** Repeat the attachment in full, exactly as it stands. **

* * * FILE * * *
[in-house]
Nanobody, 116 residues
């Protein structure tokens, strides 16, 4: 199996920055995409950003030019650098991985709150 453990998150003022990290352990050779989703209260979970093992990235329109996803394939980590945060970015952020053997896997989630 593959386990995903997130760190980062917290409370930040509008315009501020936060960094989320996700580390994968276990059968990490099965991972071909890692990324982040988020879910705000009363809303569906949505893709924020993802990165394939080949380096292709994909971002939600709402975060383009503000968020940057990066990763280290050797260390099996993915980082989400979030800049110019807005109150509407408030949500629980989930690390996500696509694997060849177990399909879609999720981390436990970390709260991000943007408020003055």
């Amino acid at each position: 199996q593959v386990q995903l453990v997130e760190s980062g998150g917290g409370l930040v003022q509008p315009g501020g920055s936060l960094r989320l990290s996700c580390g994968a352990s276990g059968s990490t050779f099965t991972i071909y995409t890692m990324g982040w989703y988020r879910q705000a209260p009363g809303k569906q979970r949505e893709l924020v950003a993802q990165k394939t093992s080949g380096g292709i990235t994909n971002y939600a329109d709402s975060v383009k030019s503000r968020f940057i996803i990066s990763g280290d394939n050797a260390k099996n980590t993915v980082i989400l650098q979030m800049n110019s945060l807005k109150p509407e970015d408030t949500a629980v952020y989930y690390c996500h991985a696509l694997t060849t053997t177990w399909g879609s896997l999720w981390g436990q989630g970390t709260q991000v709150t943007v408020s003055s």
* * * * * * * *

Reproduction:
[in-house]
Nanobody, 116 residues
């Protein structure tokens, strides 16, 4: 199996920055995409950003030019650098991985709150 453990998150003022990290352990050779989703209260979970093992990235329109996803394939980590945060970015952020053997896997989630 593959386990995903997130760190980062917290409370930040509008315009501020936060960094989320996700580390994968276990059968990490099965991972071909890692990324982040988020879910705000009363809303569906949505893709924020993802990165394939080949380096292709994909971002939600709402975060383009503000968020940057990066990763280290050797260390099996993915980082989400979030800049110019807005109150509407408030949500629980989930690390996500696509694997060849177990399909879609999720981390436990970390709260991000943007408020003055």
């Amino acid at each position: 199996q593959v386990q995903l453990v997130e760190s980062g998150g917290g409370l930040v003022q509008p315009g501020g920055s936060l960094r989320l990290s996700c580390g994968a352990s276990g059968s990490t050779f099965t991972i071909y995409t890692m990324g982040w989703y988020r879910q705000a209260p009363g809303k569906q979970r949505e893709l924020v950003a993802q990165k394939t093992s080949g380096g292709i990235t994909n971002y939600a329109d709402s975060v383009k030019s503000r968020f940057i996803i990066s990763g280290d394939n050797a260390k099996n980590t993915v980082i989400l650098q979030m800049n110019s945060l807005k109150p509407e970015d408030t949500a629980v952020y989930y690390c996500h991985a696509l694997t060849t053997t177990w399909g879609s896997l999720w981390g436990q989630g970390t709260q991000v709150t943007v408020s003055s």